Pit of corpses ends hope for Lebanese wife after 24 years

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The Independent Online

Officially, the 16-year Lebanese civil war ended in 1990. For widow Ibtihaj Salameh, it lasted another decade. But Lebanon's red earth eventually gives up its terrible secrets - and now Ibtihaj's last hopes have ended, the story of every widow in every war. When Lebanese soldiers dug the remains of 24 corpses out of a mass grave in Israel's former occupation zone, one of them was the handsome dark-haired man she had married in 1969. Only a few bones and decaying army boots were left.

Officially, the 16-year Lebanese civil war ended in 1990. For widow Ibtihaj Salameh, it lasted another decade. But Lebanon's red earth eventually gives up its terrible secrets - and now Ibtihaj's last hopes have ended, the story of every widow in every war. When Lebanese soldiers dug the remains of 24 corpses out of a mass grave in Israel's former occupation zone, one of them was the handsome dark-haired man she had married in 1969. Only a few bones and decaying army boots were left.

"You can imagine what it was like for me at the time, in 1976, with four young children, to know that my husband had disappeared," said Ibtihaj, now 51. "I had just taken the children to school when the Israelis came in and surrounded our village of Blat. Hassan was in the military headquarters in Marjayoun, just over the hill from us. I heard shooting."

Two of the small children - tall, moustachioed men now - are sitting beside me in the family's apartment in the southern suburbs of Beirut. The firm, strong face of Sergeant Hassan Salameh - clean-shaven, crossed swords insignia on the lapels of his uniform - watches us in monochrome from a silver-framed photograph on the sideboard.

In 1976, Lebanon was a year deep into the horror of civil war and the old Lebanese army was disintegrating. Some Muslim soldiers had joined the so-called Lebanese Arab Army; a number of Christian soldiers decided to collaborate with Israel, whose own forces made periodic attacks into Lebanon as part of their war against Palestinian guerrillas. Others, like 29-year-old Hassan, a Shiite Muslim, soldiered on in their barracks as the world collapsed around them.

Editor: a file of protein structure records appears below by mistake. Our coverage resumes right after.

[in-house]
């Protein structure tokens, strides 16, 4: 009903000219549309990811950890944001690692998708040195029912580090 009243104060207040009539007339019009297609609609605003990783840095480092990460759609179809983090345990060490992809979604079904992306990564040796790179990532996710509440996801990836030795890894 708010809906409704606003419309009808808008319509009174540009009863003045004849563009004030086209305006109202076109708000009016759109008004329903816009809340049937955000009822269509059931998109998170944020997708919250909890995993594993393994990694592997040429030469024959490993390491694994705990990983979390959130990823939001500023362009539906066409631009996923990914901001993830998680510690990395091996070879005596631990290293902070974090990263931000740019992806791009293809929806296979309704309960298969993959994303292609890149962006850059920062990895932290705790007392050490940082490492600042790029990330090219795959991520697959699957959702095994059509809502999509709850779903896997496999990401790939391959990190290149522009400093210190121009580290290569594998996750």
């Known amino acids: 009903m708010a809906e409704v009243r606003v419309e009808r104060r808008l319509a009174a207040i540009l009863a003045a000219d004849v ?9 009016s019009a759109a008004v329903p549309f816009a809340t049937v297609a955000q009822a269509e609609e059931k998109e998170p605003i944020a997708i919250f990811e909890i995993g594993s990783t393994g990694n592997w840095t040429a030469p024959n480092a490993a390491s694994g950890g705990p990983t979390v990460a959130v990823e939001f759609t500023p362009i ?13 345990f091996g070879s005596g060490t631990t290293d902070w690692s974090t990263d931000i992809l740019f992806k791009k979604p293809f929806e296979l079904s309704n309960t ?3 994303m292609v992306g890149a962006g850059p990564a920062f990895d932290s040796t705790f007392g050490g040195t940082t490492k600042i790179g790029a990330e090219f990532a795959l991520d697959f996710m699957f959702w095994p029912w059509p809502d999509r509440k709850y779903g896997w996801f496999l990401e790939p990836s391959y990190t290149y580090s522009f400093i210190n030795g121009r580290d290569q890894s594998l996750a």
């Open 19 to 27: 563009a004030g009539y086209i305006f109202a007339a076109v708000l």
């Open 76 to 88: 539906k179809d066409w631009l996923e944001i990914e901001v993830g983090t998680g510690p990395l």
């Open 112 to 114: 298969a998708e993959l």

"The army had broken apart and in every village in the south there were soldiers protecting their people against the Israelis. But Hassan didn't come home on the night of 16 October. Altogether, nine soldiers from our village disappeared. Next morning, all the wives tried to find out what had happened. I went to the barracks at Marjayoun and to the army camp at Khiam. They all said they knew nothing."

In restrospect, Ibtihaj realises that the officers she spoke to, Adnan al-Homsi, Ghassan al-Homsi, Khaim Naame, Karamala Said and Naif Karam, must have known the truth. All were collaborating with the Israelis. She suspects some of them may have been involved in Hassan's disappearance. She and her family fled north.

"I never gave up hope," she says. "No one ever said Hassan was dead, so I had to believe he was alive, held in some place where I couldn't find him. I couldn't believe he had been killed. How could any of his colleagues have murdered him?"

After Israel's 1982 invasion, Ibtihaj could return to her village - now deep in Israel's occupation zone - but silence was the price of homecoming. "We were frightened of talking about our missing husbands because the men who collaborated with Israel were running everything."

Everything changed after the Israelis retreated from southern Lebanon in May. "Once they had gone, we had the freedom to ask about our husbands. We went to the government, the generals, we could make a fuss, you know?"

The new, reconstituted Lebanese army sent intelligence officers to Marjayoun to interview a man called Varis Karam. He admitted that on the night of 16 October 1976, he had driven a truck laden with 24 bodies to a newly-dug pit below the village of Qleia.

"He said he ... dropped the bodies in and then filled it with sand," Ibtihaj says. "Later it was used as a rubbish dump." Pathologists found several of the bodies' bones had been broken and that limbs may have been amputated under torture.

A few days later, the Lebanese army re-buried the 18 soldiers among the 24 dead, Hassan among them, with full military honours. "I'm glad Hassan had a proper burial," Ibtihaj says. "I didn't want him to be under a rubbish dump."

The collaborators have kept their secret. One is probably dead, others have fled to Saudi Arabia, Israel or France. Only they know who killed Hassan but few doubt the reasons. Hassan was a Muslim in a civil war, killed by Christians.

During all her story, Ibtihaj Salameh shows no anger or rage, but I am moved to ask her why, at 20, she fell in love with Hassan. She fingers a small passport photograph. "He was a kind man," she says. "My parents liked him." Then her face lights up for a moment. "He had very good manners," she says.

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